If everything I've heard is correct, this issue of the Magic Bullet will be out very soon - the weekend of September 10th and 11th at the Small Press Expo in Baltimore. I'll probably get my hands on some copies a little while after and will do my best to distribute them at shops around the Pittsburgh area. The MB seems to really be catching on, as this issue will have more pages than previous issues. That's great news, because it's a really fun publication!
Here's the final batch of pictures from last weekend's Baltimore Comic-Con. A good time was had by all! And I've got the evidence below.
YES! Awkward blue-screened celebrity photos. I went up to the table with the prints and snapped a picture of them, and oh, what gems I found! This is such an odd phenomenon, and one born of an event planner's desire to expedite the money making process. I understand why someone might want a picture with his or her favorite famous person, but who wants something so generic and often creepy? All of these people did, apparently, and shelled out a nice chunk of money to do so. Stan Lee looks a bit like someone stuffed him and propped him up.
Ken Hunt drew this great Yeti sketch for a fan who bought the whole set of Teddy and the Yeti. I was sad to see it go!
This zombie couple stayed in character as long as I saw them - staggering thought the isles, moaning and staring at passers by. I appreciated the commitment.
There's so much to like about this homemade Galactus costume. The globe is a really nice touch.
Ken Hunt sketches a Yeti in the Josh Howard Presents: Sasquatch collection.
This was a very well done movie Thor costume. The circle things on his chest even lit up! When we asked him if that was his own hair, he looked at us as if we were crazy.
Words cannot describe how awesome this duo was. I'm not sure why the guy dressed as Krang didn't go as Rocksteady instead, but still, give credit where it's due. Anyone who breaks out the 90s Ninja Turtle costumes gets an A+ in my book (I also saw a girl dressed up as April O'Neal at the show).
Dazzler is probably too much a product of her time to be really relevant today. But this costume looked good anyway. I asked her (mostly joking) if she had thought to wear roller skates, but she told me that she tore some ligaments in one of her feet, so that idea was out. I imagine heels in general must have been pretty painful.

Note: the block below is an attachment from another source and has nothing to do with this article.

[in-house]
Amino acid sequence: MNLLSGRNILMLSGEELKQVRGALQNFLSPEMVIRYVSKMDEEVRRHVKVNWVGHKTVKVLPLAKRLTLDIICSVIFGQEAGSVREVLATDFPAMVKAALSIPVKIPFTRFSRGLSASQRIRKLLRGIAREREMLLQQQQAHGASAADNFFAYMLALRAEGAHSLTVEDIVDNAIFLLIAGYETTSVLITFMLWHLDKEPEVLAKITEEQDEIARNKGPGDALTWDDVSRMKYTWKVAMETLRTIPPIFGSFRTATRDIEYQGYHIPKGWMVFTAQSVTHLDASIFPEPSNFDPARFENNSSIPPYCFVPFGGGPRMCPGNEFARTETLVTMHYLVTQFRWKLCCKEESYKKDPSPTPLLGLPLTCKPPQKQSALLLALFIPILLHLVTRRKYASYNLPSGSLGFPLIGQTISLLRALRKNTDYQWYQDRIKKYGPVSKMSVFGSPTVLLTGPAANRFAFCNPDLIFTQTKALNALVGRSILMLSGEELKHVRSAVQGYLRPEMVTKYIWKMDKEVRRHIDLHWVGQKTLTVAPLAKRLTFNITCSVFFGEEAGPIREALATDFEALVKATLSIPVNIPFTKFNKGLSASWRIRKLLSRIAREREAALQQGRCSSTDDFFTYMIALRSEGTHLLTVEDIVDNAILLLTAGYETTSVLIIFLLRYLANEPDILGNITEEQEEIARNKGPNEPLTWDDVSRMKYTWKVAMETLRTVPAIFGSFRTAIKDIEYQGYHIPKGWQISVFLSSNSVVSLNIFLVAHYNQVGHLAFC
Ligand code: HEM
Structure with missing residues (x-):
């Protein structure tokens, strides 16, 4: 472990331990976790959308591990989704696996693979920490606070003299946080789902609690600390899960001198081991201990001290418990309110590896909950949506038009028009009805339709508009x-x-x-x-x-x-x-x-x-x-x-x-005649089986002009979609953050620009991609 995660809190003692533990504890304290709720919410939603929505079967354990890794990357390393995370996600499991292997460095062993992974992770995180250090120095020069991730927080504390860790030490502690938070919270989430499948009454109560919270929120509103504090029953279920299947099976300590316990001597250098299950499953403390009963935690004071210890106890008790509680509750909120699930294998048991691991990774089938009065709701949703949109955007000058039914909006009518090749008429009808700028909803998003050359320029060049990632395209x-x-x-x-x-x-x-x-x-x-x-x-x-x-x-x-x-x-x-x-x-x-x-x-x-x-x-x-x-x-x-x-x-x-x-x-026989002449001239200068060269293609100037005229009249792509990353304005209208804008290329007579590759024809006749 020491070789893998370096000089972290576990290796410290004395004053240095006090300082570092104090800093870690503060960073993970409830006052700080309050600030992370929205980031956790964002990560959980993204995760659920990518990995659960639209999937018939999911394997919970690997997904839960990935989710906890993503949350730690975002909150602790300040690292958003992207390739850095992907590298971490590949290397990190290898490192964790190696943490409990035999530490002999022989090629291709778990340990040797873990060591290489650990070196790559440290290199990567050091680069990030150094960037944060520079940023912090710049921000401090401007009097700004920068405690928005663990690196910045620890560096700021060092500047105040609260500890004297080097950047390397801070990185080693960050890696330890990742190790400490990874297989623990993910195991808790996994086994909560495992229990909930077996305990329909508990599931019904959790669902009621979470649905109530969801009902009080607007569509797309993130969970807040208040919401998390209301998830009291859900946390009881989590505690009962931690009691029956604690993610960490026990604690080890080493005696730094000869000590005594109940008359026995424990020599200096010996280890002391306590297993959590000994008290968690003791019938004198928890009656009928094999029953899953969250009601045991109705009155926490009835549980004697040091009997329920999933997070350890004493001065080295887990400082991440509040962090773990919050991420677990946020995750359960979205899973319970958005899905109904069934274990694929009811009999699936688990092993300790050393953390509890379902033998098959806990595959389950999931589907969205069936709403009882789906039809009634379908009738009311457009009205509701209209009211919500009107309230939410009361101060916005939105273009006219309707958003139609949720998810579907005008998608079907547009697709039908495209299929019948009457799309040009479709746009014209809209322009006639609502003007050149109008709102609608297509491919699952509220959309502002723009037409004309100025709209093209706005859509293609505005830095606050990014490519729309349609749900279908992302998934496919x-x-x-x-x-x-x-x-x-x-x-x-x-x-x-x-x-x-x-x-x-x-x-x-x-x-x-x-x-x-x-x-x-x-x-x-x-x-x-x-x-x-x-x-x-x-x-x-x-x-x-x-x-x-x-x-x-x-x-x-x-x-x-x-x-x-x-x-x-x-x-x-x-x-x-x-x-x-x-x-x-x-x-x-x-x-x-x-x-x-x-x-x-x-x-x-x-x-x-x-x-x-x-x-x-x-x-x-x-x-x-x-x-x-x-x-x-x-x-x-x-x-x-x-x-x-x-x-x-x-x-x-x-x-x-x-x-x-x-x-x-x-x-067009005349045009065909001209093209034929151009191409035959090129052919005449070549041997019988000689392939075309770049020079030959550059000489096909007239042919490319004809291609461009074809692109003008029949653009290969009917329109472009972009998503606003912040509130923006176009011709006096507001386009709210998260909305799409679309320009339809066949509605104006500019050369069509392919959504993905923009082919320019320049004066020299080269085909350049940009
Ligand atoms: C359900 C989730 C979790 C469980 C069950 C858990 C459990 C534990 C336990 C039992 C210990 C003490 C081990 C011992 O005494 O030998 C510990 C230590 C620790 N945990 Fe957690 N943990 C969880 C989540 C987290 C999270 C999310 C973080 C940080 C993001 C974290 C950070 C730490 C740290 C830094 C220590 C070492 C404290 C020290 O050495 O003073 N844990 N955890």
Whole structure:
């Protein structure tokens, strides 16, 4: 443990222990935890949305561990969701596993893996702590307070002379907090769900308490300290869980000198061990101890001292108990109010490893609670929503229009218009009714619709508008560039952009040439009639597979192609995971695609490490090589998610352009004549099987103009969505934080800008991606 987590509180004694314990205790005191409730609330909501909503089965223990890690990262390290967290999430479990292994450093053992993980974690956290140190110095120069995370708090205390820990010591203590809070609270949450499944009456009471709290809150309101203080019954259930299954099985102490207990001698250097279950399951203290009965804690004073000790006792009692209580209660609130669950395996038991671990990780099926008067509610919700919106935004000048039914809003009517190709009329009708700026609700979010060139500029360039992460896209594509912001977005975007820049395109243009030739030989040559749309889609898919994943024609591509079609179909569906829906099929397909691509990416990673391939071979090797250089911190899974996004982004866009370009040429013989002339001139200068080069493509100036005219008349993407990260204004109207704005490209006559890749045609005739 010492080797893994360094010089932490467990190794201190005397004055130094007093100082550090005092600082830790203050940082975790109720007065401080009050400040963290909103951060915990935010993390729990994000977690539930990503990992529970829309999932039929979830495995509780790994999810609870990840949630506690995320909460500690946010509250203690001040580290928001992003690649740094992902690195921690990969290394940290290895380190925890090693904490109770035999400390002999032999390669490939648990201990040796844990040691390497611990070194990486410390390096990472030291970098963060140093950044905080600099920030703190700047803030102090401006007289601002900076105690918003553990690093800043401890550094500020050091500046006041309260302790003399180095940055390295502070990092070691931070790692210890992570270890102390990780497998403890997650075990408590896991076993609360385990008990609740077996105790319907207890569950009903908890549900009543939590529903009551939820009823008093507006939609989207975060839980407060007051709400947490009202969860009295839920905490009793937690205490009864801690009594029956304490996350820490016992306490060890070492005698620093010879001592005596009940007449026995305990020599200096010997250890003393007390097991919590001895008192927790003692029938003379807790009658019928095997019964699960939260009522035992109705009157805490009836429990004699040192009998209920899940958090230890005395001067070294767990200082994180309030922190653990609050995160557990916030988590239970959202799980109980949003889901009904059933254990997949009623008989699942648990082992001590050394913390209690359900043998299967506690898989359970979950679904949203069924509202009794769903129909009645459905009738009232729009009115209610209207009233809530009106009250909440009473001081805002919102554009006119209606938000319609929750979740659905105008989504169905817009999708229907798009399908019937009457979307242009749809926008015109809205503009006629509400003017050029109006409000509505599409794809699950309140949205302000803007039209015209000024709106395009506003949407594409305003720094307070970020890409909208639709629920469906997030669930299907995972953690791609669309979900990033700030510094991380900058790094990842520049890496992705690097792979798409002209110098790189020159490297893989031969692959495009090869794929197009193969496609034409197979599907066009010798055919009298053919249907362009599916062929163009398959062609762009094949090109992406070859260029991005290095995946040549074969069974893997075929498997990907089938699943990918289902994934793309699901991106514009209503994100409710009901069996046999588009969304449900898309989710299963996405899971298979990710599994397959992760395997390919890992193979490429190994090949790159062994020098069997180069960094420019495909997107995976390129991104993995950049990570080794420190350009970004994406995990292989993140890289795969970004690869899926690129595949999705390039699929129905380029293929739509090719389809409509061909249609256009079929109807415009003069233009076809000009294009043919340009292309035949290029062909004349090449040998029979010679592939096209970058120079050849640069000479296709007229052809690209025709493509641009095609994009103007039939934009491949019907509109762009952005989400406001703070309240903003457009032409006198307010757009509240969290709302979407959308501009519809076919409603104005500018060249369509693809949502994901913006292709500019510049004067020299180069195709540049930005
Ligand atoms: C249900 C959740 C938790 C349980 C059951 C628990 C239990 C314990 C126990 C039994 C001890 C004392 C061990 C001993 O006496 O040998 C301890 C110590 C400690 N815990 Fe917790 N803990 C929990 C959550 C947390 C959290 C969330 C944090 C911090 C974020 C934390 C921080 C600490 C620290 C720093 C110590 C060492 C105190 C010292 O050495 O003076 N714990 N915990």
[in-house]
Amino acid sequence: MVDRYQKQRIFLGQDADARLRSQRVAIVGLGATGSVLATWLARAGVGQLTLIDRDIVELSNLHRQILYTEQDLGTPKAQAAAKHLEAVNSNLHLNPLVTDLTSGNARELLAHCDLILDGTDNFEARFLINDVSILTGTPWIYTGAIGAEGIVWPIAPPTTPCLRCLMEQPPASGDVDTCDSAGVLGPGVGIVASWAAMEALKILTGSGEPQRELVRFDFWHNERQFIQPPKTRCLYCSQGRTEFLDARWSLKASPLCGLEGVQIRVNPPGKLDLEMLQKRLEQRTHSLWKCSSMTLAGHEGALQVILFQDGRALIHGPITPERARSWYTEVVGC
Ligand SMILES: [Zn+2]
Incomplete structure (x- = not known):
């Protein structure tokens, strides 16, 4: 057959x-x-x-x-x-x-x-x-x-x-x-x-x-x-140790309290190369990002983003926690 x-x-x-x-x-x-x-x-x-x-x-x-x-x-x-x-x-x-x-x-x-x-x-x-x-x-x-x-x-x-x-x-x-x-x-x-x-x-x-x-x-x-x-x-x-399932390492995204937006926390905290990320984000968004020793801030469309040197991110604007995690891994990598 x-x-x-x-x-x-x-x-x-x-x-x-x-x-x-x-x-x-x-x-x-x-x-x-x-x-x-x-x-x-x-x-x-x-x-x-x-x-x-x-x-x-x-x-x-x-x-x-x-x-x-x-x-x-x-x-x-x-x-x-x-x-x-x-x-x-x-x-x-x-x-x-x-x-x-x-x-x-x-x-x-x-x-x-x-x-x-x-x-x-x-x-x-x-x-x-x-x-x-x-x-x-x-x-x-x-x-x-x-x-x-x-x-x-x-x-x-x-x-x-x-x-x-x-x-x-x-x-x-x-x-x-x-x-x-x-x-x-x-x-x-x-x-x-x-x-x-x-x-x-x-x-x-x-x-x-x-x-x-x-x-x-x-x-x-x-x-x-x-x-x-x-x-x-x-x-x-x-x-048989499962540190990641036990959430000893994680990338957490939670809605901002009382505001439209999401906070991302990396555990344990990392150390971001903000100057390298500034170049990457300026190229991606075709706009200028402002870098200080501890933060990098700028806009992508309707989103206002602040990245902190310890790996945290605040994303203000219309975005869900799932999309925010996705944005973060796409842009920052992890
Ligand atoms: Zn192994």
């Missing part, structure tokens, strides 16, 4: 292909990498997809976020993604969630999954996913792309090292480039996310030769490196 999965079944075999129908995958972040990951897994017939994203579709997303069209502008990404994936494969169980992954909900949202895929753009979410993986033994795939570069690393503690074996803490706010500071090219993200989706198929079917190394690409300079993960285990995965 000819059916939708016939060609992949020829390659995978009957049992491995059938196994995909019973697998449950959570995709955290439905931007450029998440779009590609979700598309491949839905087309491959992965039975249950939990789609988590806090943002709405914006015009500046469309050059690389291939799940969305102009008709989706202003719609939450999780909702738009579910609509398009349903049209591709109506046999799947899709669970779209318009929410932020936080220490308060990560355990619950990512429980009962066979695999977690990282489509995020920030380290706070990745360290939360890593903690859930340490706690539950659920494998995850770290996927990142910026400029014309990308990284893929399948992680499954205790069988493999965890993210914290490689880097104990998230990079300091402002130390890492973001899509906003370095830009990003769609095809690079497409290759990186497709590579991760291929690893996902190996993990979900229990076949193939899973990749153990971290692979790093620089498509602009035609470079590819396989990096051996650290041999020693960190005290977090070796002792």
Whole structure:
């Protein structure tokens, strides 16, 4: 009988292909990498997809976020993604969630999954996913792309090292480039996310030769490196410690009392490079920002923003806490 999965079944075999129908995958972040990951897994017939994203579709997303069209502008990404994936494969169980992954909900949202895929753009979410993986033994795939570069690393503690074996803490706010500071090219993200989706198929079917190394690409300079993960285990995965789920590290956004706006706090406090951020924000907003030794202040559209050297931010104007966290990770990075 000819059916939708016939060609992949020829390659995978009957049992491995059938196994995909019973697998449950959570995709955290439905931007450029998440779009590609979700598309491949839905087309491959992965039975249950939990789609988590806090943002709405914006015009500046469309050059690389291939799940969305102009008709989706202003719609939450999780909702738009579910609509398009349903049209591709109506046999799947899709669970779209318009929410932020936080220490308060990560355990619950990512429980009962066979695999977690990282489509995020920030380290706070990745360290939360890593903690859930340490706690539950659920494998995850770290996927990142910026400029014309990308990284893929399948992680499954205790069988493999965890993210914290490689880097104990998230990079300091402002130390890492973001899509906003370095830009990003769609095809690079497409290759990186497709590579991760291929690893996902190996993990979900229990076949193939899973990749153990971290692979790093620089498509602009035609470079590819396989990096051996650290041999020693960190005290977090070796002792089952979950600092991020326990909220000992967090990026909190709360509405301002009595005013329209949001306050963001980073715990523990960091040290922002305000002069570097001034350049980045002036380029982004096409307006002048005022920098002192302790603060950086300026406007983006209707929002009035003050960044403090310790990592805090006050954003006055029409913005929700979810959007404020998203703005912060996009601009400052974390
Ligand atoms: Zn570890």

Hey! It's the Franks and Beans table!! All of our fans are just off to our left. What a great time for Larry and alternate me.
This happened outside the convention center after the show was over -- I'm not even certain that this mermaid had anything to do with the Comic-Con itself. But she still looked cool. As these two guys were carrying her, her tail began to slip off, revealing some gratuitous nudity underneath. A great end (pun!) to a great day.
Well, I'm finally out of pictures to share. I guess I'll just have to think of something different to say tomorrow.
Here's more pictures from the recently concluded Baltimore Comic-Con! I didn't realize how many great costumes I saw, but...here's the evidence.
Ah, the obligatory "I'm very sad behind the booth" picture. IT NEVER GETS OLD!!
This steampunked gentleman is Nate Taylor, which sounds like a pseudonym but is perhaps his real name. Here he points to his walking stick...
...and here he blatantly promotes Teddy and the Yeti after buying the whole set. Awesome.
The banner kept its new vinyl smell all weekend! And I appreciated it.
This picture doesn't do this Batman costume justice. This guy said that he worked on his costume on and off for two years. It looked like he could actually go out and fight crime after the show.
This is quite the staged photo...both I and artist Ken Hunt (at the booth sketching all weekend!) are looking good.
This Deadpool stayed in character the entire time I saw him, which was cool. Domino behind him looks good, too.
This is quite possibly the most impressive Hulk costume I've ever seen. The person inside stood on platforms and was probably over seven feet tall. I'm not sure if the Hulk is supposed to be battle-damaged or if it's a zombie Hulk, but either way it's a fantastic outfit. I hear that an Optimus Prime won Saturday's costume contest, but I'm not sure how it beat out this guy.
A great Scott Pilgrim themed outfit! It's simple but spot-on.
Officer Rick Grimes. Good stuff.
I've still got more pictures...and I'll show them. But not now! Soon.
The Baltimore Comic-Con for this year is over and done with, and I'm happy to say that it was a lot of fun - a success on most accounts. I'll go into some details later, but for now, here are a few pictures from the two-day weekend:
This view of the convention center is partially obscured by fencing, as the streets of Baltimore will soon be used for some grand prix-like racing. It was fun to drive the '97 Camry down these roads built for racecars.
In this picture I'm pretending to be hard at work on...something. Check out the new banner behind the table!
The FUBAR booth was definitely one of the highlights of the entire show - they really outdid themselves this time. Crowds gathered just to stare at the setup, which featured a machine gun pointing out at the audience.
Cyclops's visor even glowed...it was cool.
I saw a surprising amount of Tick shirts and merchandise over the weekend, but this homemade Arthur costume was really great to see. People were actually calling it a bunny suit, which was funny because that's the joke in the book, too!!
A fairly random crowd shot.
Girl Loki! From the back.
We'll end with a picture of the universe-destroying Dark Phoenix. There was lots of neat stuff to see at this show and I took a bunch of pictures. I'll show more soon!